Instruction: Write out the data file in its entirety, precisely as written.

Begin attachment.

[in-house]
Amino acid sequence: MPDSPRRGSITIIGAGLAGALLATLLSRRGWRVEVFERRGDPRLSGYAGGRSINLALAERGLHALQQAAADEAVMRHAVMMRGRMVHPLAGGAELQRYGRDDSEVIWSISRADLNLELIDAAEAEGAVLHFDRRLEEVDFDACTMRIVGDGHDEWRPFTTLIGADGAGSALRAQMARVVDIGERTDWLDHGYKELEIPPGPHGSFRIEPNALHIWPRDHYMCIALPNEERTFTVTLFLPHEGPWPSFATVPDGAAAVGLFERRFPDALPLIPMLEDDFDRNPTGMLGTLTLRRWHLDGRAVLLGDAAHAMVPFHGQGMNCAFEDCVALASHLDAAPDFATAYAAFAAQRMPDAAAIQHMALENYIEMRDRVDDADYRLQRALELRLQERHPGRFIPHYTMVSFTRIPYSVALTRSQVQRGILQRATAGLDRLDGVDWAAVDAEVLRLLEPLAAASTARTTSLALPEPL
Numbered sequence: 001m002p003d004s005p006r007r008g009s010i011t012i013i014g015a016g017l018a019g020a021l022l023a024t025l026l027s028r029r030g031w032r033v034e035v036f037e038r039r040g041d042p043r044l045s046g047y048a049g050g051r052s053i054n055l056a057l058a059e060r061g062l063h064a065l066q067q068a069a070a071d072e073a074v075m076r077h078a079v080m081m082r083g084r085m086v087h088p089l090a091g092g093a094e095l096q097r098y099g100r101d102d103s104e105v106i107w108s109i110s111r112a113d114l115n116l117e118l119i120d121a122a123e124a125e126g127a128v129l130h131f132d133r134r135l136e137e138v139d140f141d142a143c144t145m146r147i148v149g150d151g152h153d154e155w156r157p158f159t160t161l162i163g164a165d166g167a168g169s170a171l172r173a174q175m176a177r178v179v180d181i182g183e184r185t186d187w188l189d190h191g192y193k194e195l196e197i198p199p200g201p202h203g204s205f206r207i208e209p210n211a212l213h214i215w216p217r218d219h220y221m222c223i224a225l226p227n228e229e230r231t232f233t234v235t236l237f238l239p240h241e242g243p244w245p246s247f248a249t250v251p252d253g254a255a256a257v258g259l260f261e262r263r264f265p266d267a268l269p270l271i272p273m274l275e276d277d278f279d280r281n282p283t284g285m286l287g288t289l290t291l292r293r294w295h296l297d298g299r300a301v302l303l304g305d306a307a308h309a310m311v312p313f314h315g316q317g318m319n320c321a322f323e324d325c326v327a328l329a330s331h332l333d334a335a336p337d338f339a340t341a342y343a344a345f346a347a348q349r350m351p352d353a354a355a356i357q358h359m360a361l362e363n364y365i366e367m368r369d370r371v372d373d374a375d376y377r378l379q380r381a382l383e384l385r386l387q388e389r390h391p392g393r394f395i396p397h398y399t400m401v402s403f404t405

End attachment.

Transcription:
[in-house]
Amino acid sequence: MPDSPRRGSITIIGAGLAGALLATLLSRRGWRVEVFERRGDPRLSGYAGGRSINLALAERGLHALQQAAADEAVMRHAVMMRGRMVHPLAGGAELQRYGRDDSEVIWSISRADLNLELIDAAEAEGAVLHFDRRLEEVDFDACTMRIVGDGHDEWRPFTTLIGADGAGSALRAQMARVVDIGERTDWLDHGYKELEIPPGPHGSFRIEPNALHIWPRDHYMCIALPNEERTFTVTLFLPHEGPWPSFATVPDGAAAVGLFERRFPDALPLIPMLEDDFDRNPTGMLGTLTLRRWHLDGRAVLLGDAAHAMVPFHGQGMNCAFEDCVALASHLDAAPDFATAYAAFAAQRMPDAAAIQHMALENYIEMRDRVDDADYRLQRALELRLQERHPGRFIPHYTMVSFTRIPYSVALTRSQVQRGILQRATAGLDRLDGVDWAAVDAEVLRLLEPLAAASTARTTSLALPEPL
Numbered sequence: 001m002p003d004s005p006r007r008g009s010i011t012i013i014g015a016g017l018a019g020a021l022l023a024t025l026l027s028r029r030g031w032r033v034e035v036f037e038r039r040g041d042p043r044l045s046g047y048a049g050g051r052s053i054n055l056a057l058a059e060r061g062l063h064a065l066q067q068a069a070a071d072e073a074v075m076r077h078a079v080m081m082r083g084r085m086v087h088p089l090a091g092g093a094e095l096q097r098y099g100r101d102d103s104e105v106i107w108s109i110s111r112a113d114l115n116l117e118l119i120d121a122a123e124a125e126g127a128v129l130h131f132d133r134r135l136e137e138v139d140f141d142a143c144t145m146r147i148v149g150d151g152h153d154e155w156r157p158f159t160t161l162i163g164a165d166g167a168g169s170a171l172r173a174q175m176a177r178v179v180d181i182g183e184r185t186d187w188l189d190h191g192y193k194e195l196e197i198p199p200g201p202h203g204s205f206r207i208e209p210n211a212l213h214i215w216p217r218d219h220y221m222c223i224a225l226p227n228e229e230r231t232f233t234v235t236l237f238l239p240h241e242g243p244w245p246s247f248a249t250v251p252d253g254a255a256a257v258g259l260f261e262r263r264f265p266d267a268l269p270l271i272p273m274l275e276d277d278f279d280r281n282p283t284g285m286l287g288t289l290t291l292r293r294w295h296l297d298g299r300a301v302l303l304g305d306a307a308h309a310m311v312p313f314h315g316q317g318m319n320c321a322f323e324d325c326v327a328l329a330s331h332l333d334a335a336p337d338f339a340t341a342y343a344a345f346a347a348q349r350m351p352d353a354a355a356i357q358h359m360a361l362e363n364y365i366e367m368r369d370r371v372d373d374a375d376y377r378l379q380r381a382l383e384l385r386l387q388e389r390h391p392g393r394f395i396p397h398y399t400m401v402s403f404t405